What Are The Symptoms Of A Stroke In Dogs?

Knowing the signs can help save your pup's life.

signs of stroke in dogs

Strokes don’t seem to happen as often in dogs as they do in humans, but your pup can still have one.

That might sound scary, but in most cases, dogs can recover if they get treatment quickly, which is why it’s crucial for pet parents to know what the symptoms of a stroke are.

Victoria DiMegilio, a registered veterinary nurse with DodoVet, told us all about dog stroke symptoms so you’ll know what to look for, plus the causes of and treatments for strokes.

Dog stroke symptoms

The symptoms of a stroke in dogs differ depending on which part of the brain is affected. Signs usually have a fast onset, so you might notice symptoms in your dog suddenly.

If you notice any of these symptoms, take your pup to the vet right away:

  • Inability to walk
  • Lack of coordination
  • Loss of balance
  • Head tilt
  • Abnormal eye movements
  • Incontinence
  • Weakness or paralysis of legs
  • Collapse
  • Circling

These can sometimes be signs of other illnesses, such as problems with the vestibular system (inner ear and brain), so it may not always be a stroke. But in case it is, it’s important to get your pup to the vet, since quick treatment usually leads to a better outcome.

What happens when a dog has a stroke?

According to DiMegilio, a stroke occurs when something causes a lack of blood supply to the brain.

There are two types of strokes: ischemic stroke and hemorrhagic stroke, DiMegilio added. An ischemic stroke happens when a blood vessel that supplies the brain gets blocked. The blockages are usually blood clots, but other things, like tumors, can also cause them. Hemorrhagic strokes are caused by bleeding in the brain from a ruptured blood vessel.

“While ischemic strokes are more common, hemorrhagic [strokes] have a much higher rate of mortality,” DiMegilio told The Dodo.

Both types of strokes reduce the oxygen that gets to the brain, which can cause brain damage.

What causes strokes in dogs?

It’s not always clear what causes a stroke in a dog, but some dogs can be at greater risk, especially if they have other medical conditions, DiMegilio said.

Some common health problems that put dogs at risk for strokes include:

How are strokes diagnosed?

“Diagnosis is made by advanced imaging (CT scan or MRI) of the brain to determine the extent of the brain [damage] and distinguish the type of stroke,” DiMegilio said.

Your vet might perform tests, such as blood and urine tests, to determine if your pup has an underlying condition that could have caused the stroke. They might also look at your dog’s heart function (with an electrocardiogram or ultrasound) to check for heart disease.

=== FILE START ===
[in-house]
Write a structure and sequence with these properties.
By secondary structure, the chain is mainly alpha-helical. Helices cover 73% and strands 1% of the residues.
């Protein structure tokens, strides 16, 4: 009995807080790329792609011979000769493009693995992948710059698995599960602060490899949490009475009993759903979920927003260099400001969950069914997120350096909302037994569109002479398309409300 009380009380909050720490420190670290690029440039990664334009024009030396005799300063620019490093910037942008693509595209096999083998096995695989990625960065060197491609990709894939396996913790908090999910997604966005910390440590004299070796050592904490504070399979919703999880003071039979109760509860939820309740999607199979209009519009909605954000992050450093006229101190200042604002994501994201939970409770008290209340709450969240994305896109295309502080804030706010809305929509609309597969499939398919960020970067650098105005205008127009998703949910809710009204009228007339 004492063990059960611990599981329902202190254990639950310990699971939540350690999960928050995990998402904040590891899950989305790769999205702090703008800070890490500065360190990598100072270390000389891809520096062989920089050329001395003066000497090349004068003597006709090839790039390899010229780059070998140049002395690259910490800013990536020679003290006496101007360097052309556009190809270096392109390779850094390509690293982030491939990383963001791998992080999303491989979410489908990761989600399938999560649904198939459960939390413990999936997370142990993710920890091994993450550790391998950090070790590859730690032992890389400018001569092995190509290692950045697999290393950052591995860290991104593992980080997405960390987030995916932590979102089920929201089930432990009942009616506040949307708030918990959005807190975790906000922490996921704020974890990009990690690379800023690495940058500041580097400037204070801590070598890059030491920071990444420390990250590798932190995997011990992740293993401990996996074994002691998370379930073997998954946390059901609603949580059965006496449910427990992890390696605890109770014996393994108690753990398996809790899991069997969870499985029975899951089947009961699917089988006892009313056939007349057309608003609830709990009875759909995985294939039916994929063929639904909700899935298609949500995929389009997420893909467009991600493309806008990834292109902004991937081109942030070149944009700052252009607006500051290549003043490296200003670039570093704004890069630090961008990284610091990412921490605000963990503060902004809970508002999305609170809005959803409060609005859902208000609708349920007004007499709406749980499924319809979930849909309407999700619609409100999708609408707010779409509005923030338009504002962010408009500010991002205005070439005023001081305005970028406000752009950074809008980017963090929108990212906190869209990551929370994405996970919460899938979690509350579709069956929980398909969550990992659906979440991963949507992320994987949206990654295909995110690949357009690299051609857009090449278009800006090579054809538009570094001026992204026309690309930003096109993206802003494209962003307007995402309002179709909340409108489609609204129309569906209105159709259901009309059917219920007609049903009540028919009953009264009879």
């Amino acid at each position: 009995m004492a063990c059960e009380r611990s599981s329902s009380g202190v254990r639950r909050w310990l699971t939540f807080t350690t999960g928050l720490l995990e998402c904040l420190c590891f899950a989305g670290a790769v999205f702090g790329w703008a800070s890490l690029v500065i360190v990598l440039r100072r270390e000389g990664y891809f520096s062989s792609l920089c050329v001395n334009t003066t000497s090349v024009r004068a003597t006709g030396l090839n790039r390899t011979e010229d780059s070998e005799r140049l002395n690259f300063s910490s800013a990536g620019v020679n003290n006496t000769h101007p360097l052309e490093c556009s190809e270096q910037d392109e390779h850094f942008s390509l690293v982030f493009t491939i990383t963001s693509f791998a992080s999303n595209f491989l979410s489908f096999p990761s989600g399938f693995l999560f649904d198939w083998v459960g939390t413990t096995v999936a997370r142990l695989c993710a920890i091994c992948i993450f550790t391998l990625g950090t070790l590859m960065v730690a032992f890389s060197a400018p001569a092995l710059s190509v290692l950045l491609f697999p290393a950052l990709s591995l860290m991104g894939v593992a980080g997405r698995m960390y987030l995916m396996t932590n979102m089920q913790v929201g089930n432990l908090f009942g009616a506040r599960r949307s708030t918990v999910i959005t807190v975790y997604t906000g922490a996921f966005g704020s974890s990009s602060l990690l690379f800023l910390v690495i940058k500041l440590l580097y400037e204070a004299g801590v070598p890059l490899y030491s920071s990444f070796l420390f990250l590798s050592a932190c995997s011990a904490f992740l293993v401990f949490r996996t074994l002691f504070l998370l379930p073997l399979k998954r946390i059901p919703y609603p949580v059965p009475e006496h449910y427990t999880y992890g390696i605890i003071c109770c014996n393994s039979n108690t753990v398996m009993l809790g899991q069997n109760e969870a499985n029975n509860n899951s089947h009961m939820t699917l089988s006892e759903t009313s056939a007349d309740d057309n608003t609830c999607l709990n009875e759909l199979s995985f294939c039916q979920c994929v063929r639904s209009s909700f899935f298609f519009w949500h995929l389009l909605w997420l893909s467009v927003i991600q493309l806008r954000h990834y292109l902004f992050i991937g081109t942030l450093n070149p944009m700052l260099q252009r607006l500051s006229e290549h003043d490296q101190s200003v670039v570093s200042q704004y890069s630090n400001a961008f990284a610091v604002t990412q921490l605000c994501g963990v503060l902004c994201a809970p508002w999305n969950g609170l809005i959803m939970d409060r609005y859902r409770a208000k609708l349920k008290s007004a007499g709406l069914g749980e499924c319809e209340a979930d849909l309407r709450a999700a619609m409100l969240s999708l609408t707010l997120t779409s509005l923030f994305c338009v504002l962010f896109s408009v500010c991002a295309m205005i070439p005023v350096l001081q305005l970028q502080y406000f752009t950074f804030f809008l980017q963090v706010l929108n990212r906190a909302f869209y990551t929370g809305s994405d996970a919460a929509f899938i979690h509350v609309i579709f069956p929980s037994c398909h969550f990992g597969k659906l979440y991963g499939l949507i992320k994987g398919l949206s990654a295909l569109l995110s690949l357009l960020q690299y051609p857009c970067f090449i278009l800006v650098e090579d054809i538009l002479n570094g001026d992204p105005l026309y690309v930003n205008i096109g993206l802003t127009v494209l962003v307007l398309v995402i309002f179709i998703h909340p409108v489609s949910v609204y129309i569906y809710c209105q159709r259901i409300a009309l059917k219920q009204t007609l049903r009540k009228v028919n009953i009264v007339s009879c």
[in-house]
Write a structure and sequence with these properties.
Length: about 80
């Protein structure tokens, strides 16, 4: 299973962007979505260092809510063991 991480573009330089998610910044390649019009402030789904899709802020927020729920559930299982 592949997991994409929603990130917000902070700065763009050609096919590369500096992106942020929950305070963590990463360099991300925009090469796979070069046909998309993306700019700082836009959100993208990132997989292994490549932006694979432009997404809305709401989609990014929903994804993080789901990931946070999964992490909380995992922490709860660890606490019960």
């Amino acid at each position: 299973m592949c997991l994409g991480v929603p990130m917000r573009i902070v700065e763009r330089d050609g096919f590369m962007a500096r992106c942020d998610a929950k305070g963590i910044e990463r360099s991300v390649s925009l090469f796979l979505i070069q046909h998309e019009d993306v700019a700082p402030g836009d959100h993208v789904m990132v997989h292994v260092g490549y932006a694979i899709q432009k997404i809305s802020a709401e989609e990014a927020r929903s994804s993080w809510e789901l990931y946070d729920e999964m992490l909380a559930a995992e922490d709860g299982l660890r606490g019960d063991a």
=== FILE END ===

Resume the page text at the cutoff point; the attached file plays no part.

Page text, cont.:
What is the treatment for a stroke in dogs?

While there’s no treatment specifically for a stroke, your vet will determine the cause of the stroke and provide treatment for it. “Any underlying disease process that has influenced or caused the stroke also needs to be identified before treatment can proceed,” DiMegilio said.

To immediately help a dog who’s having a stroke, blood thinners may be given for clots, and your dog might need oxygen and fluids. Sometimes vets will perform surgery to remove a blood clot. Another possible treatment is blood pressure medication for dogs with hypertension.

Neurologic symptoms, like paralysis or lack of coordination, will usually get better on their own over time once the underlying problem (clot, brain bleeding, etc.) is treated. If your dog is still experiencing weakness or having trouble walking, your vet might recommend physical therapy.

Can a dog recover from a stroke?

The good news is that dogs usually recover from strokes. Some dogs might not get fully back to normal, while other dogs can start to get better within a few weeks.

Whether a dog has lasting damage or not depends on a few factors. “The chance of lasting effects for both types of stroke depends on the severity of the [brain damage], the initial response time and supportive care, and the severity of any underlying disease processes,” DiMegilio said.

The severity of the brain damage depends on the amount of time it went without blood flow and oxygen, which is why it’s so important to get treatment as quickly as possible.

Seeing any of these stroke symptoms in your dog can be super scary, but the best thing you can do is take him to the vet right away. The sooner you get treatment, the more likely you are to have a better outcome!

Want access to a vet 24/7? With DodoVet, you can connect via video chat, phone or text with an empathetic veterinary expert who can help you be the best pet parent you can be. Say goodbye to Dr. Google and have all your pet parent questions answered anytime, anywhere. Learn more here.